I am mournful to say that this is the first book by Hilary McKay that I haven’t adored. In fact, it’s the first book in yonks that I’ve had to adopt my friend Other Jenny’s practice and Read the End before I Read the Middle, because I was so anxious about the characters.
Note: this is probably just a character quirk. I do not tend to like books in which my favorite characters suffer inner torment because they are keeping an unnecessary secret. I like it when characters speak up more or less right away and use their words, and everyone knows what’s going on, and if emotional suffering still happens after that (as it often does), then at least all the cards are on the table and we’ve acted like grownups. This is not to say that I don’t like it when villains keep secrets! That’s what villains do! Or that I don’t understand that sometimes secrets are necessary! That happens in life (or, say, in the spy community)! But let’s just say that most of Romeo and Juliet would have been totally obviated if there had been a couple of honest conversations, that’s all.
Binny in Secret (note the ominous title) is the sequel to Binny for Short, a book I absolutely loved. In this installment, the roof comes off the Cornwallis home and the family has to move into temporary lodgings at the other end of town. Binny has to go to a new school with a uniform she loathes, and all the kids hate her and start a bullying campaign. She keeps this secret because her mother seems distracted and unhappy. (!) The only thing that takes her mind off it is that she’s found a mysterious animal down by the railway tunnel, and she takes it into her mind that she has to keep the animal completely secret in order for it to be safe. (!!) She also finds evidence that three kids lived in that house a hundred years ago, and created a sort of natural history museum there. We get flashbacks to those three kids, Clarry, Rupert, and Peter, and their story. Those flashbacks, which have real emotional weight and significance, were my very favorite part of this book.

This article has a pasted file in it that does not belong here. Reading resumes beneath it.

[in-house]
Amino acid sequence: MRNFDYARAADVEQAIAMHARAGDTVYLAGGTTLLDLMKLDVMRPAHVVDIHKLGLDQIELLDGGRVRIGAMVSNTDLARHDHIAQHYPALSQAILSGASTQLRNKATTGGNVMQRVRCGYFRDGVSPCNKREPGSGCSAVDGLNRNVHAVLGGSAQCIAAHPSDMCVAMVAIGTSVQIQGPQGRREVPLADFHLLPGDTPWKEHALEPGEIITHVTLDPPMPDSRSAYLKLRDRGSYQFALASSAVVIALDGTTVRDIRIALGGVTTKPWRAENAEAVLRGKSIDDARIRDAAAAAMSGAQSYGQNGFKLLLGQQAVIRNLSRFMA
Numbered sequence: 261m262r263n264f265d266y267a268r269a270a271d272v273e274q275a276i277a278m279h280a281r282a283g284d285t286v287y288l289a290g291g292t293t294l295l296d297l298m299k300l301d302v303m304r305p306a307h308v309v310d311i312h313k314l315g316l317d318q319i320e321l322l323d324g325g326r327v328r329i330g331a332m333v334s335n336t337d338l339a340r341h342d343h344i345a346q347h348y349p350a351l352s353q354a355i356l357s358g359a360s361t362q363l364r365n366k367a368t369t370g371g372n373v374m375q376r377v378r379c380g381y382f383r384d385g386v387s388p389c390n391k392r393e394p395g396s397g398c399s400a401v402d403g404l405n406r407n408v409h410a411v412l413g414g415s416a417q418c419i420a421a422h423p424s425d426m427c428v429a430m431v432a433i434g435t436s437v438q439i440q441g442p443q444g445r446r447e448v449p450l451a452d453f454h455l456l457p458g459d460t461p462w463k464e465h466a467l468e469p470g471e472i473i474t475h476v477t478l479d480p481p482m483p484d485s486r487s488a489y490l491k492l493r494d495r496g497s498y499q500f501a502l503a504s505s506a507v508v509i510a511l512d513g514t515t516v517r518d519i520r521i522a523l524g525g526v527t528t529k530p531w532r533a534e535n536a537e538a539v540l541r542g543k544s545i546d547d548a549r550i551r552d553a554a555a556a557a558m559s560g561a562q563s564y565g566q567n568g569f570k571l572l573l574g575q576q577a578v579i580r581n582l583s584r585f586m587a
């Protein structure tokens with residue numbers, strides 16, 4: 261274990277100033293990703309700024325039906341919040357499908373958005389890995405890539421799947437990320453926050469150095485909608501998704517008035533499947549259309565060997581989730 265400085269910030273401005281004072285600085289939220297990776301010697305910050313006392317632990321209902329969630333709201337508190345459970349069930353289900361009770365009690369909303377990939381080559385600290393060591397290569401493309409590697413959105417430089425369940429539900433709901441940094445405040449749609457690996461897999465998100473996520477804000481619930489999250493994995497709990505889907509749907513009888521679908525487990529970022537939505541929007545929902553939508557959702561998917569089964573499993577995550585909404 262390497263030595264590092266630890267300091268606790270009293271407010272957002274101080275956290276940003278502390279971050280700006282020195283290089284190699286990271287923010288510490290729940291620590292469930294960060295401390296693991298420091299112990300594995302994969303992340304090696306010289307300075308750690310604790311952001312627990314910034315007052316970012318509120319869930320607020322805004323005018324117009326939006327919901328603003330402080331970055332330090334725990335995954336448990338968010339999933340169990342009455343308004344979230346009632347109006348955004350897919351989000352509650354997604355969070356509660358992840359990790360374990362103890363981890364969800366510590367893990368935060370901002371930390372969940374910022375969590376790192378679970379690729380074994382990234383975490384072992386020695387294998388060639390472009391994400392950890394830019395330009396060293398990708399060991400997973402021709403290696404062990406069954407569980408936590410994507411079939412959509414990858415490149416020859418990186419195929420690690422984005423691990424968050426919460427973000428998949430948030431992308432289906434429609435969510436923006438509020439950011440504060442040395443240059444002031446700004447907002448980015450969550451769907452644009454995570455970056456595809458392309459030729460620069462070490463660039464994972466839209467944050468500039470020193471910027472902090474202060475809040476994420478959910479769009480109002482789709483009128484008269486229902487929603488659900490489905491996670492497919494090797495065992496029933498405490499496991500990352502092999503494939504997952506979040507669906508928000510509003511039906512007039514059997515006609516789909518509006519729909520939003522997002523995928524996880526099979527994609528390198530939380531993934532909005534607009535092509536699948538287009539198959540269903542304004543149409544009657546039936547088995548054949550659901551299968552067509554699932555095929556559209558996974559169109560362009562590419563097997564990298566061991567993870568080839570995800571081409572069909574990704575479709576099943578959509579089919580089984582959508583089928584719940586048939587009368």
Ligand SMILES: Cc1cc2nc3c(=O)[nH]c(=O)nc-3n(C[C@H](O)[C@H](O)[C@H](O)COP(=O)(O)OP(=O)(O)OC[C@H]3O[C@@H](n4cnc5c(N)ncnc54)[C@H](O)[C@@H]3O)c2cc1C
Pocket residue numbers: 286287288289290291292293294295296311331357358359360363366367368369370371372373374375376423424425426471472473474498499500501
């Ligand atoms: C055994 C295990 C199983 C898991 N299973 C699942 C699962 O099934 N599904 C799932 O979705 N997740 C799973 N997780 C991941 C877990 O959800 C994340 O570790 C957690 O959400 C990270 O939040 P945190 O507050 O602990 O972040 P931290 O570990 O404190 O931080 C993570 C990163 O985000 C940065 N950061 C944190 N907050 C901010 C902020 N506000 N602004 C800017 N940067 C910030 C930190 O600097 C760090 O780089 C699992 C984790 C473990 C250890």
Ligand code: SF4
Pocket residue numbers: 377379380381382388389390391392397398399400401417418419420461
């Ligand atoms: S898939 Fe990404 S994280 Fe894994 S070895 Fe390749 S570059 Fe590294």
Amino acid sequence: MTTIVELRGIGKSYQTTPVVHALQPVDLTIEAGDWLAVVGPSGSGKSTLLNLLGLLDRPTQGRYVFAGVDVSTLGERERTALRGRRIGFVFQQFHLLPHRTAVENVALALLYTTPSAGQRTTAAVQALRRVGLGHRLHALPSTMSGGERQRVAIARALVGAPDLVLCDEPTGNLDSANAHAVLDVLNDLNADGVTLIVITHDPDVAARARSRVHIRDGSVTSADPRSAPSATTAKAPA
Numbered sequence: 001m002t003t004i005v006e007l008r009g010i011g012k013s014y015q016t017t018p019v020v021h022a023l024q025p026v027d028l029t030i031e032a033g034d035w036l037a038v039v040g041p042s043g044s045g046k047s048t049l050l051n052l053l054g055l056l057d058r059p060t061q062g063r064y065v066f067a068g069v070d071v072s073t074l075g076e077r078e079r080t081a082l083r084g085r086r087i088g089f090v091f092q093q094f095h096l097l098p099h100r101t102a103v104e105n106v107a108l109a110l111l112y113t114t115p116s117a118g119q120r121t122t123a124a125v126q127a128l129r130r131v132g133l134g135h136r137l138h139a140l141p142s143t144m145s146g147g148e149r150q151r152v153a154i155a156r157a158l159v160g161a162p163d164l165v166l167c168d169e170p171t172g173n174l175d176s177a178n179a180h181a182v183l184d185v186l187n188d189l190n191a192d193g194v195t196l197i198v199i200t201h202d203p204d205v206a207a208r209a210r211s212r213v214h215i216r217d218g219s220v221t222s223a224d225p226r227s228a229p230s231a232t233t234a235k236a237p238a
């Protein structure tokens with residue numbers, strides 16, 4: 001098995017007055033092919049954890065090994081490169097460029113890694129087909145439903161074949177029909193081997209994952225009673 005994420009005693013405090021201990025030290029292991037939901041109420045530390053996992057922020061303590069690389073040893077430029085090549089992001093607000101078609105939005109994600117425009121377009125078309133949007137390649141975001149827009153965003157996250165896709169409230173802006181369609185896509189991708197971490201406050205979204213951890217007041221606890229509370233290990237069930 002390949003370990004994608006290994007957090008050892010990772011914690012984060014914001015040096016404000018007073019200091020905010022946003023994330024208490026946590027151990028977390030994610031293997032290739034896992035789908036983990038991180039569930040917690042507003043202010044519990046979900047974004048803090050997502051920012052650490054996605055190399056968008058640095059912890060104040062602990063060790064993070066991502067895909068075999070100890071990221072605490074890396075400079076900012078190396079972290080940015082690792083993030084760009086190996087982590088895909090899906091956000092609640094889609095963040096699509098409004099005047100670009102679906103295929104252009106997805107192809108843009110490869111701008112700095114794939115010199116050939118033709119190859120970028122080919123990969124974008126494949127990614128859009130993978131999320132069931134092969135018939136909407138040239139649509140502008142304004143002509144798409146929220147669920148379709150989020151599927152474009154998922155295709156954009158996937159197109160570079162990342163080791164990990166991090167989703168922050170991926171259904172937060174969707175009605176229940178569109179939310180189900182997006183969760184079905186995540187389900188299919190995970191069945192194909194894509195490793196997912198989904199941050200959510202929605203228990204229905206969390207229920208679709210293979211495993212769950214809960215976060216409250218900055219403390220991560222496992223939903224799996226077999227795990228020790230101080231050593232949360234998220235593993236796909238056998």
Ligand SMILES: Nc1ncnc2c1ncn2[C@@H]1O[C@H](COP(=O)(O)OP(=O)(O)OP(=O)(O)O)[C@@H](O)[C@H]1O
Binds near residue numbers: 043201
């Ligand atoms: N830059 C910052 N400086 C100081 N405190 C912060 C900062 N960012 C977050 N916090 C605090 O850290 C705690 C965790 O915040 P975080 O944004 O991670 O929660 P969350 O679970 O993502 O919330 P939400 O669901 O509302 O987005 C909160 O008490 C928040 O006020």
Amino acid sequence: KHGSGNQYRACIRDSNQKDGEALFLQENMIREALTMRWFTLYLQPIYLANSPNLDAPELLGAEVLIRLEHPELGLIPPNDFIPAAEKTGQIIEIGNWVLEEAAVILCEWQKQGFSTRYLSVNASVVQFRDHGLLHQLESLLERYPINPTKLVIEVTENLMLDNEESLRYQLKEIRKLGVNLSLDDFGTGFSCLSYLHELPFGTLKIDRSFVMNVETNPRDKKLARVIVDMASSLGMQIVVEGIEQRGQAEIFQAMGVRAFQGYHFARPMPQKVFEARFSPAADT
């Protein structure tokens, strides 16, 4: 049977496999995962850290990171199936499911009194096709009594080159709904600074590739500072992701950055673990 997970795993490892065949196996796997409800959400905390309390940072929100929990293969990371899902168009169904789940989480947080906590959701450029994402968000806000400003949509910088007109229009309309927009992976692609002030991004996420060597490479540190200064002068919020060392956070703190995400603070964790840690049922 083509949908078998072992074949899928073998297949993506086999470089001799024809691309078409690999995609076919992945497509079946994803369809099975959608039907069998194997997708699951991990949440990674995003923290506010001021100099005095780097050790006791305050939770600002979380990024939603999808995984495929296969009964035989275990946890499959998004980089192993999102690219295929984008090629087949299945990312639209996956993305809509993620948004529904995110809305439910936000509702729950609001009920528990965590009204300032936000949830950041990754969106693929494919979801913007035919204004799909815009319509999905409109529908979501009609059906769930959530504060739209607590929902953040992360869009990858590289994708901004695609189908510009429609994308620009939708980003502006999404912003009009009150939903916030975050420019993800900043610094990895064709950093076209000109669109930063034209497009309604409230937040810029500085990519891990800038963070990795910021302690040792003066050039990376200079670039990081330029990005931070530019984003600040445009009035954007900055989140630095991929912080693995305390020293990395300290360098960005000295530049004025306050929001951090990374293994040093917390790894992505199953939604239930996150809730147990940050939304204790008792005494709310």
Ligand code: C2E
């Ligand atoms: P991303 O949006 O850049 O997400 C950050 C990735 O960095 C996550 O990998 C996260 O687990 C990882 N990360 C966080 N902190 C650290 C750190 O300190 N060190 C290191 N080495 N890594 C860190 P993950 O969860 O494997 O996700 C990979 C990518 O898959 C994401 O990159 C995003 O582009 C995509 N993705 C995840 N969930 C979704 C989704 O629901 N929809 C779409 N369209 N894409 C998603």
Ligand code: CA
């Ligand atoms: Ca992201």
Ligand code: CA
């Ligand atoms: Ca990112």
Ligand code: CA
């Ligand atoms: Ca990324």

This book was in fact very good. It has all sorts of internal resonance: feelings kept inside because they are too strong to be expressed; siblings who love each other hugely and sometimes can’t bear each other another moment; the terrible feeling when we’ve said the wrong thing but can’t take it back; the desperate need to keep something safe when we aren’t safe ourselves. But I wanted so badly for Binny to tell her secrets and let someone help her that I was unhappy for a lot of the book. I strongly, strongly recommend you read Hilary McKay and try her for yourself, though. She’s such a wonderful writer, and I’m going to keep reading her forever.